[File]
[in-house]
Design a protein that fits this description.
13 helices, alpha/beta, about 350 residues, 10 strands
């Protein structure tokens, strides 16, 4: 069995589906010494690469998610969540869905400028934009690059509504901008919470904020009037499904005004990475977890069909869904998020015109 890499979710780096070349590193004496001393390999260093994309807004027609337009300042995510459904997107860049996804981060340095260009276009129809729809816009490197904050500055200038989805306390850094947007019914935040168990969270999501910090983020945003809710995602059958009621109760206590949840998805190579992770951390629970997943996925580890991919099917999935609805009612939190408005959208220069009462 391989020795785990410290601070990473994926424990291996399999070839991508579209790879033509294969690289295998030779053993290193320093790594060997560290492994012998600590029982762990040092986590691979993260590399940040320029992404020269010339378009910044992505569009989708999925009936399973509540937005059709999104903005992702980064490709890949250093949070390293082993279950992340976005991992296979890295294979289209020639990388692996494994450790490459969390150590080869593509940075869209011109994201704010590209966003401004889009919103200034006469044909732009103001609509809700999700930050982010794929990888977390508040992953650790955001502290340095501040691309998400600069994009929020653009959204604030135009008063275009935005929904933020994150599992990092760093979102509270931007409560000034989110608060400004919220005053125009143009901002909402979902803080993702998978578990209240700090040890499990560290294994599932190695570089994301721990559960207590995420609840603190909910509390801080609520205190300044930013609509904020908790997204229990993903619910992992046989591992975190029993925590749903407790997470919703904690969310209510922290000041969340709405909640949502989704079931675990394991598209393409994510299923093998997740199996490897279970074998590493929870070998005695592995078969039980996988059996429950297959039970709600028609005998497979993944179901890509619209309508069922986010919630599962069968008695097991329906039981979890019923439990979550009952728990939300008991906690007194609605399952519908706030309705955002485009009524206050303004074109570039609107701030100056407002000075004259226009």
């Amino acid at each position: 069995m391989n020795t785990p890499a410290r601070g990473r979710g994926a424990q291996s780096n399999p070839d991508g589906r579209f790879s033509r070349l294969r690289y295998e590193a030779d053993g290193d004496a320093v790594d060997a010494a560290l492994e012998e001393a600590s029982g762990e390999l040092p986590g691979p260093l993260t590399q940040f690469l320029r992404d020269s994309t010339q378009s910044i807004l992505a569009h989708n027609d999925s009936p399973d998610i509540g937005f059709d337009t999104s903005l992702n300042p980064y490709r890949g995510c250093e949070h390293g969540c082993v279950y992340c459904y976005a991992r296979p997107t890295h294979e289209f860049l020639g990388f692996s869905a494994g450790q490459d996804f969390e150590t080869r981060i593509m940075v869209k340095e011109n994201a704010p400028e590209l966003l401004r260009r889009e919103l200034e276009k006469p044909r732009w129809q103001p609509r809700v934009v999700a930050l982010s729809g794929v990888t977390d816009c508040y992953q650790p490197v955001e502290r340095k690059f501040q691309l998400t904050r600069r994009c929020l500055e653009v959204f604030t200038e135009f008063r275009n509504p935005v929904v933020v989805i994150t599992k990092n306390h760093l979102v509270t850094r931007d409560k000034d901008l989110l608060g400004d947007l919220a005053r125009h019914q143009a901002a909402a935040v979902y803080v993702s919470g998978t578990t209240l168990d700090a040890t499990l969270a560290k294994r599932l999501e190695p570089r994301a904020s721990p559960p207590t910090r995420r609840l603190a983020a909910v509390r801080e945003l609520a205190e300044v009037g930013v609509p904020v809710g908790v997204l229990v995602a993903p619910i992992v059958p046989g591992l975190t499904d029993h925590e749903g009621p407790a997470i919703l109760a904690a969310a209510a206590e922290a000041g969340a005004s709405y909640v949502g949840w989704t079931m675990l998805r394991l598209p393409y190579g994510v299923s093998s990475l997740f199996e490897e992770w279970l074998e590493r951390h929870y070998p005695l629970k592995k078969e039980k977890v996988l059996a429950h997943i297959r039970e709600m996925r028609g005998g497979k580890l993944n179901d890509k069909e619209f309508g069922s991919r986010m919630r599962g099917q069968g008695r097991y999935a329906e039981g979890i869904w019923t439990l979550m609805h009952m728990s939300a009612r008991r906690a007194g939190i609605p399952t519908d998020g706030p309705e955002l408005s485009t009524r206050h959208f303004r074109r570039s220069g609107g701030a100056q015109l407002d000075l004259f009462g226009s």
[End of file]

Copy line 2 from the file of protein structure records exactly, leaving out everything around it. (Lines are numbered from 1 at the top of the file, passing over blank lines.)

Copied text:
Design a protein that fits this description.